Market Report: Schroders leads merchant banks to steal the show

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A WEEK dominated by the financial implications of a complex Budget ended, perhaps fittingly, with merchant banks stealing the stock market show.

Schroders prompted the excitement. The shares romped to a new peak, reflecting the group's surprisingly strong profits performance.

The market had assumed that the reduction in corporate activity had hit the merchant banker's profits. But Schroders increased its after-tax profits by 23 per cent to pounds 64m and could reach pounds 120m this year when it will have to disclose its figures in full.

Schroders' main shares climbed 63p to 1,953p, a two-day gain of 178p. The non-voting shares improved 25p to 1,613p.

Among others pulled higher were Kleinwort Benson and SG Warburg, two groups that should also be reaping rewards from the upsurge in share trading. Kleinwort rose 12p to 387p and Warburg 21p to 638p. Hambros, in the process of floating its insurance operations, improved 11p to 345p.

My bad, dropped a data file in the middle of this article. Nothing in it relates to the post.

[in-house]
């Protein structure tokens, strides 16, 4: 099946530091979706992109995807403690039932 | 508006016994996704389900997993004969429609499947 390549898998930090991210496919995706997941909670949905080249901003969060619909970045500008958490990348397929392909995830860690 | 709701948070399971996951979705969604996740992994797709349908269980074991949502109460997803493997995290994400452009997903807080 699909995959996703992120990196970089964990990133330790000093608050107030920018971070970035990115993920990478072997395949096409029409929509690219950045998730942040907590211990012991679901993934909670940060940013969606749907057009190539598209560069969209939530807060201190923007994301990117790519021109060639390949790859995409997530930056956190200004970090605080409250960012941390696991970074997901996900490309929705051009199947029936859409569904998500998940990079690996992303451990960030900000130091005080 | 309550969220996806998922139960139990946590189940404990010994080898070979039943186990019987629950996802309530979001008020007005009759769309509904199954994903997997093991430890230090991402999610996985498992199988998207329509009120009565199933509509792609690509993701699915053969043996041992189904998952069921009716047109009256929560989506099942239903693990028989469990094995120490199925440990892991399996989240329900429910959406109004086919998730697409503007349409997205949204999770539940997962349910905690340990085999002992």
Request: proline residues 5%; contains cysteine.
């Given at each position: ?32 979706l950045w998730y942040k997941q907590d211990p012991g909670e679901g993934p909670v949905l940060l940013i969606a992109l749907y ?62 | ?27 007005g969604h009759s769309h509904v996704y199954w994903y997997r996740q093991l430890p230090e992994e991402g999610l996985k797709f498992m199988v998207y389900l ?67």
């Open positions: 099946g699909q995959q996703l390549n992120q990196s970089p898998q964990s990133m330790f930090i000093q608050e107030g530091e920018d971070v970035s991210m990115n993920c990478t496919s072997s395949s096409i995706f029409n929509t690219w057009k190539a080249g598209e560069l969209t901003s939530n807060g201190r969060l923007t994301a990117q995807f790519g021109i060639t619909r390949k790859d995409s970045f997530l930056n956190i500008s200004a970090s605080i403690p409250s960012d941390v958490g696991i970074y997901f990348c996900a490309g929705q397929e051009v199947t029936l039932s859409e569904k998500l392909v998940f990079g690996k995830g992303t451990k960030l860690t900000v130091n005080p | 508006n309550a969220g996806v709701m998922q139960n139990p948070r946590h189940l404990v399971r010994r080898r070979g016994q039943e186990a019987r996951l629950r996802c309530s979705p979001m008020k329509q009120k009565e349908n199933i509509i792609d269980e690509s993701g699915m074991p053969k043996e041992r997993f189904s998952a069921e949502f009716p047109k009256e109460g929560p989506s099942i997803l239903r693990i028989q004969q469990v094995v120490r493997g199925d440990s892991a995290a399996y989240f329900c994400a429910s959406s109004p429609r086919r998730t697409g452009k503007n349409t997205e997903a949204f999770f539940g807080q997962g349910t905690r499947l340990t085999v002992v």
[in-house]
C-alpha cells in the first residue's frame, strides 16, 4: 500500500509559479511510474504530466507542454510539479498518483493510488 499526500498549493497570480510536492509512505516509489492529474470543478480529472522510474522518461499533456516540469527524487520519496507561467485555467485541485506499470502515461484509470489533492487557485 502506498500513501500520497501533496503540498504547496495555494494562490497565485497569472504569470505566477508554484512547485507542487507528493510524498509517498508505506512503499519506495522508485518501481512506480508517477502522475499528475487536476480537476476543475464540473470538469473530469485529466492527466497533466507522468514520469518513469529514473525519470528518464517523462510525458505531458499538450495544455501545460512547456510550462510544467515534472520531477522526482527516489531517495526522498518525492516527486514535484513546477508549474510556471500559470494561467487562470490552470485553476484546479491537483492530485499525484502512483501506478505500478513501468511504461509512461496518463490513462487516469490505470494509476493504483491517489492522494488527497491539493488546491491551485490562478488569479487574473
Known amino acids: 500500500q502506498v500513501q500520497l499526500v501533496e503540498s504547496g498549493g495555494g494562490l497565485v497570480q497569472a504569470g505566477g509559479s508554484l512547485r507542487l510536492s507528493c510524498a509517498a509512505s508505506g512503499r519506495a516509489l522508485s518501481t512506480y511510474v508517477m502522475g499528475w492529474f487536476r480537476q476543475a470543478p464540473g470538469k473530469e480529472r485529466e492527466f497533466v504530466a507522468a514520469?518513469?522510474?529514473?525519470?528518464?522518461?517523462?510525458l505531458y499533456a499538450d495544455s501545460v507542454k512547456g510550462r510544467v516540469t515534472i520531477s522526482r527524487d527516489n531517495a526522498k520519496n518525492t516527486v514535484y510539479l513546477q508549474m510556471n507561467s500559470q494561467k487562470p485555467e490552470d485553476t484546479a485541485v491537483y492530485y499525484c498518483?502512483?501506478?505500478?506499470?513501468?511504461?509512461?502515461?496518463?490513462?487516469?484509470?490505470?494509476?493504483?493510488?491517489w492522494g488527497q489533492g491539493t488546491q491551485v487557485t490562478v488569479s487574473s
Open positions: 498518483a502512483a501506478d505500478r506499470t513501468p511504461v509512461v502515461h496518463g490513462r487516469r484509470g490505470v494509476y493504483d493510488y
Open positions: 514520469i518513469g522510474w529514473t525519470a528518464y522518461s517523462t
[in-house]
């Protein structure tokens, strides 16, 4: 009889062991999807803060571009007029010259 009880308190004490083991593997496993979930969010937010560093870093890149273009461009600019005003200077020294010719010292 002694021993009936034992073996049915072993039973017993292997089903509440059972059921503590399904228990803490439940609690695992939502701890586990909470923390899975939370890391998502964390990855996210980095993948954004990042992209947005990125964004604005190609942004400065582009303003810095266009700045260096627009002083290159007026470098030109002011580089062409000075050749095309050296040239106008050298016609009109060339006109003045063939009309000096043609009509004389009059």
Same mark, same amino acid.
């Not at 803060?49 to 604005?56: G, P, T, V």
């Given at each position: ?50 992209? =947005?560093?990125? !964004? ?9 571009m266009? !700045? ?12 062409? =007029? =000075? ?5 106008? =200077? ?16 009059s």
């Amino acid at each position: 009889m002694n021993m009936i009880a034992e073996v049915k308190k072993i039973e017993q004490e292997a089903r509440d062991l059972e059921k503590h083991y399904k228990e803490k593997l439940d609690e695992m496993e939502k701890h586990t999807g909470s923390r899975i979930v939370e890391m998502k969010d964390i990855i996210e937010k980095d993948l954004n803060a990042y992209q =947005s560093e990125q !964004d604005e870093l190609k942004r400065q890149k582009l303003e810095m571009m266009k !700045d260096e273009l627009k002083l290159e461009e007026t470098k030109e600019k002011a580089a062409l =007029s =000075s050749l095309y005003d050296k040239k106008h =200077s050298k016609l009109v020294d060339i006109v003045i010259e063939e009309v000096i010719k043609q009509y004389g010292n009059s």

The rest of the market showed signs of shaking off its Budget depression, which has hit blue chips although many second-line and fringe shares have continued to make headway.

The FT-SE 100 index achieved its first post-Budget gain, up 20.4 points at 2,900.1. Second-line shares, as measured by the FT-SE 250 index, continued to make determined progress. The index stretched to its third consecutive peak with a 21.4 advance to 3,154.7.

Once again most of the action, in terms of shares traded, was in second-string shares and tiddlers. Blue- chip trading is still retarded by the cautious approach the pension funds and other institutional investors have been forced to take following the dramatic investment tax changes in the Budget.

Sterling's strength and the slightly higher inflation count encouraged the feeling that the Government will not indulge in another interest-rate cut, at least in the near future.

Imperial Chemical Industries made a significant contribution to the FT-SE 100 index strength. The shares rose 25p to 1,240p on solid US buying. Paine Webber, the US securities house, was said to be supporting the shares.

P&O, the property and shipping group, gained 10p to 595p. There were suggestions next week's figures would be accompanied by a rights issue. Profits are expected to emerge at about pounds 220m compared with pounds 200.1m. Bunzl, the packaging group, was another to attract cash- call rumours. The shares rose 1p to 130p.

Cable and Wireless managed to shrug off its links with the volatile Hong Kong market, gaining 20p to 725p. A Barclays de Zoete Wedd profit upgrading provided the support. The securities house has lifted by pounds 15m to pounds 810m and by pounds 20m to pounds 890m.

Ladbroke, the betting and hotel group, drew support from NatWest Securities. The shares rose 8p to 205p with NatWest drawing attention to the benefits Ladbroke should get from the ACT changes.